The public sector is a complex system and is under pressure from rapid developments in technology, economy, environment and social relations. But it is also a system of people who are constantly trying to make society better, with a focus on prosperity and well-being for as many people as possible. This is where innovation and learning can take place.
The message spread from the Institute of Brilliant Failures (in Dutch: Instituut voor Briljante Mislukkingen – IvBM), is that only by experimenting, making mistakes and making adjustments can individuals learn their abilities. The IvBM has the mission to highlight the importance of experimentation to achieve paradigm shifts and breakthrough innovation, striving for fear reduction, so that people are not afraid to experiment and to share their learning from endeavours that did not meet expectations. The main objective is to improve the climate for accepting and learning from failures.
The IvBM was established 15 years ago by the founder, Prof. Paul Iske, who at the time was Chief Dialogues Officer at ABN AMRO Bank and participated in a study on bankruptcy. This revealed that many successful entrepreneurs claimed that their later success was partly due to the application of the lessons they learnt during previous financial distress.
The results were consistent with the outcome of the Phoenix project – commissioned by the EU – which confirmed that, on average, restarters make a greater contribution to economic growth compared to first-time entrepreneurs.
Important knowledge that is gained during processes that may not be successful or simply fail, must not be lost.
In recent years, the Institute for Brilliant Failures has done much to increase the capacity for experimentation and learning in the public sector, with a particular focus on healthcare because it is an evolving system, a developing and learning environment.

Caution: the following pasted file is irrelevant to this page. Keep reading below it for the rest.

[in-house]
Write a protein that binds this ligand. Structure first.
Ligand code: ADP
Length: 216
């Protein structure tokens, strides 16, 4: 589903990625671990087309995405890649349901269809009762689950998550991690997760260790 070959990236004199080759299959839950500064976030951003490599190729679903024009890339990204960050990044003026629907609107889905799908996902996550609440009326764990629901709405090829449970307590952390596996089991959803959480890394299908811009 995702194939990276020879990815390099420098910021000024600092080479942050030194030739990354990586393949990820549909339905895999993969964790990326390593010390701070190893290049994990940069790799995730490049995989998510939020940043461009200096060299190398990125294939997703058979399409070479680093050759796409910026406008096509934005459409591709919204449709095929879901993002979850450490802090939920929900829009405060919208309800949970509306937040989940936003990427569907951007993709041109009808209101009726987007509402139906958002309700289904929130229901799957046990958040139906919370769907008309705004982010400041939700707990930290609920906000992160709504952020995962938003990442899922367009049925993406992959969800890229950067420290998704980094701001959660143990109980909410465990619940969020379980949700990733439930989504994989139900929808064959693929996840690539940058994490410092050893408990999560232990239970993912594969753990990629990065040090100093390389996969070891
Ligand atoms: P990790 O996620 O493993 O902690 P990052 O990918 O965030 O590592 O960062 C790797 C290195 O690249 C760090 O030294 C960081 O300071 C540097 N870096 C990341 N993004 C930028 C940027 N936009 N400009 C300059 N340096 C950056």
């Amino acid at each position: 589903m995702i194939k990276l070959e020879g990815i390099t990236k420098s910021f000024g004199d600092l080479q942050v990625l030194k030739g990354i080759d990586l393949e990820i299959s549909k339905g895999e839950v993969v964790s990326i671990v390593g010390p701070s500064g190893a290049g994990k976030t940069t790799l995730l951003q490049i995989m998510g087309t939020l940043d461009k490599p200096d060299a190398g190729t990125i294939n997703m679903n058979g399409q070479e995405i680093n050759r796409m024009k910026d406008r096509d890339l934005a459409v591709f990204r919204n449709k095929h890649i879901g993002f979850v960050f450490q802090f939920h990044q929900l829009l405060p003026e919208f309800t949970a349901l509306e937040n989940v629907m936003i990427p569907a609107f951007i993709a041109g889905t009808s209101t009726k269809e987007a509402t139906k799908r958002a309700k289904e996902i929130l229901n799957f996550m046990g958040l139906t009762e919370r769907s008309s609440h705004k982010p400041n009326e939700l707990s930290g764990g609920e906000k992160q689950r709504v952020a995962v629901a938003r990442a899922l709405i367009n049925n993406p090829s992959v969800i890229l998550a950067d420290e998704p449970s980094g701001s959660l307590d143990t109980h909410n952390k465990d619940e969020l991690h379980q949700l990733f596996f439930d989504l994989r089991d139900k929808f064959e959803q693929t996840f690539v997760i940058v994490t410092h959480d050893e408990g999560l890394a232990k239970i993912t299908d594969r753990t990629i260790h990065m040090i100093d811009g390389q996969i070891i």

The activities of the Institute for Brilliant Failures cover all phases of the change process. They introduce people and organisations to the concept of Brilliant Failures, they organise workshops and develop instruments to give shape to learning from unexpected developments.
For the learning process, a method has been developed to create ‘failure intelligence’, based on patterns of failure that can be easily recognised and discussed using so-called archetypes. This can be applied in the three different stages of the learning cycle: learning before, learning during and learning after. Before starting something (failure ahead), the methodology and tools of the Institute for Brilliant Failures allow individuals to think about possible barriers and pitfalls and address them, partly by using the lessons from others who have experienced similar failure patterns (anticipation). While working on something, it becomes clear earlier why things are not going as expected so mitigating measures can be taken, again using experience from elsewhere or earlier (reacting). Finally, after completing a project, or part of it, individuals can look back and identify the essential learning experiences and make them shareable, without having to record all the details of the activity, but focusing on making the most important learning points accessible for future use (reflecting).